As Elvis would have it, the guitar is center stage a large portion of the time, and the sounds vary from moaning licks to rockabilly, Tex-Mex rock and western to hard hitting pure rock and roll (if there is such a thing), which garners pounding percussion and a breathless speed. In softer moments, the music seems quite soulful, with a spiritual component, a level of knowing beyond truth or fiction. The experience, as a whole, is moving, invigorating, contemplative, and completely satisfying. This music will keep your butt in the seat reading credits, just to hear it all. Not, of course, that you would ever leave before seeing all of the names of those whose hard work you have enjoyed. Right?

The soundtrack for "The Company" is less ground-breaking. As I mentioned, a full third of the disc is dedicated to differing versions of "My Funny Valentine," which is a good song, though four times in forty minutes may be pushing it. There are also cello pieces, an instrumental with an Indian influence, music that sounds a bit space-age, and some jazz, for which I was grateful. This is dinner party music, but there is a nice mix of it to cover the courses.

First to those funny valentines: Included versions vary from Kronos Quartet to a jazzy Chet Baker to a more modern, less encumbered vocal from Elvis Costello. My favorite, though, was a piano and cello version, played by Marvin Laird and Clay Ruede, respectively. This version sets itself apart with a pleasing melancholy, layers of emotion in hints and waves. It is worth finding.

If you are going to include cello pieces, you might as well get Yo-Yo Ma. He plays beautifully on two tracks. The first, Bach's "Menuette," of course, has a very traditional feel, much what one might expect. The second, "Appalachia Waltz," has an interesting flowing quality, which seems to speak of area history and emotion. The harmonies within it are truly breathtaking. Another traditional offering, Saint-Saens "Pas Redoublie" is performed by the Budapest Philharmonic Orchestra. It is the most obvious dance piece, bringing visions of ballerinas hopping joyfully around in toe-shoes. It is tailor-made for fancy footwork, arranged for dance by Elliot Kaplan.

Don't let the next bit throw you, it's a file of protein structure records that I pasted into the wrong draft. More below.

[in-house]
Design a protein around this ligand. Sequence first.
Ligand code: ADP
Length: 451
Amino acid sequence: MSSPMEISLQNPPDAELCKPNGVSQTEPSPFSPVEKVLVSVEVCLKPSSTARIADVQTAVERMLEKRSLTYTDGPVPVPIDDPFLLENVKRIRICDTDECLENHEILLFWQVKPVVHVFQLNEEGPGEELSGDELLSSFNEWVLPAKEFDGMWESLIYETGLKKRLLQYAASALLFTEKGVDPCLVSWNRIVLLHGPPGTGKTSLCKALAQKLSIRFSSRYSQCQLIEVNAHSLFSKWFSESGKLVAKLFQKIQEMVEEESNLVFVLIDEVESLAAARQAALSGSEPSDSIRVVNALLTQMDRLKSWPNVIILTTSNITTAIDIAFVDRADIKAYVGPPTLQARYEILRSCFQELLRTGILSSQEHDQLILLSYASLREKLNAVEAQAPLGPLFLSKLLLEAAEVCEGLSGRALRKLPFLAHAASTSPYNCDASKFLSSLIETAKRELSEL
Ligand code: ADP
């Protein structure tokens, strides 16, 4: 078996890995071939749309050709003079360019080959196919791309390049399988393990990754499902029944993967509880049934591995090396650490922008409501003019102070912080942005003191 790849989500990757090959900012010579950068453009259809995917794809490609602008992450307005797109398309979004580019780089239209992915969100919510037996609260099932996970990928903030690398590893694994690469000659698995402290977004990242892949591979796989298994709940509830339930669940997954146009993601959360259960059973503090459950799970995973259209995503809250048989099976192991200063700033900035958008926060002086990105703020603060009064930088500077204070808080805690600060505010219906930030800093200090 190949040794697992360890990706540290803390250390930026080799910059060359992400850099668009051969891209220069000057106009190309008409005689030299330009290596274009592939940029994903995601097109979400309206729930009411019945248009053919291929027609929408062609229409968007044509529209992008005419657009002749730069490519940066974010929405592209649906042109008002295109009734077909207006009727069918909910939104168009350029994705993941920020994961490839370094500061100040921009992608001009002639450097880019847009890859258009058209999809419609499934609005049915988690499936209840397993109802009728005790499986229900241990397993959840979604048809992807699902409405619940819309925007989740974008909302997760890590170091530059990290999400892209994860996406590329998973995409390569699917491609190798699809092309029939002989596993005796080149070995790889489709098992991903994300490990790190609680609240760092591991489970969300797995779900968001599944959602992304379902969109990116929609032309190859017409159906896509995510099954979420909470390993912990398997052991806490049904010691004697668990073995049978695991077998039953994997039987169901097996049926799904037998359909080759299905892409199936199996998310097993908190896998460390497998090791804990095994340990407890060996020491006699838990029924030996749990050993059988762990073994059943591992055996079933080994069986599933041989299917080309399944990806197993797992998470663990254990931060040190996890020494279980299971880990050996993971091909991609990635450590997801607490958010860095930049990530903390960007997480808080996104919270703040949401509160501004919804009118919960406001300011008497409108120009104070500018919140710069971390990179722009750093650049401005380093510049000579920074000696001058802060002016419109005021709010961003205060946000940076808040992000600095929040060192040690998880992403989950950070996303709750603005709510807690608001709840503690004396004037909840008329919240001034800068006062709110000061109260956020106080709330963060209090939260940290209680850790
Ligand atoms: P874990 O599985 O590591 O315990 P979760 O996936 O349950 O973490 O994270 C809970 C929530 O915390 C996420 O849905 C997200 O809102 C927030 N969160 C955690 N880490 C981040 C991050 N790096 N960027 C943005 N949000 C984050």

The most modern sounds include two jazz-inspired pieces from Van Dyke Parks, a track entitled "Ray One from Creative Force" performed by John Zeretzke and M.B. Gordy III, a Julee Cruise song which combines a David Lynch Twin Peaks-type 'bum-bum' with ethereal vocals, and "Rabekin," the best clue about which is that it was published by Gypsy Wind music. It has an Indian sound, created with a banjo-like instrument, perhaps a sitar(?). The second song from Van Dyke Parks is a bonus track. In just over three minutes, it offers the listener everything from an orchestra to jazz horns to Native American-sounding woodwinds to finger cymbals to cartoonish boing sounds to Latin beats. It is an oddly wonderful mishmash.

That's it. Rush to your local retailer, and let me know what you think. Michael plans to be back next week with a fresh edition. Until then....

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originally posted: 01/24/04 16:45:51
last updated: 05/06/05 07:34:53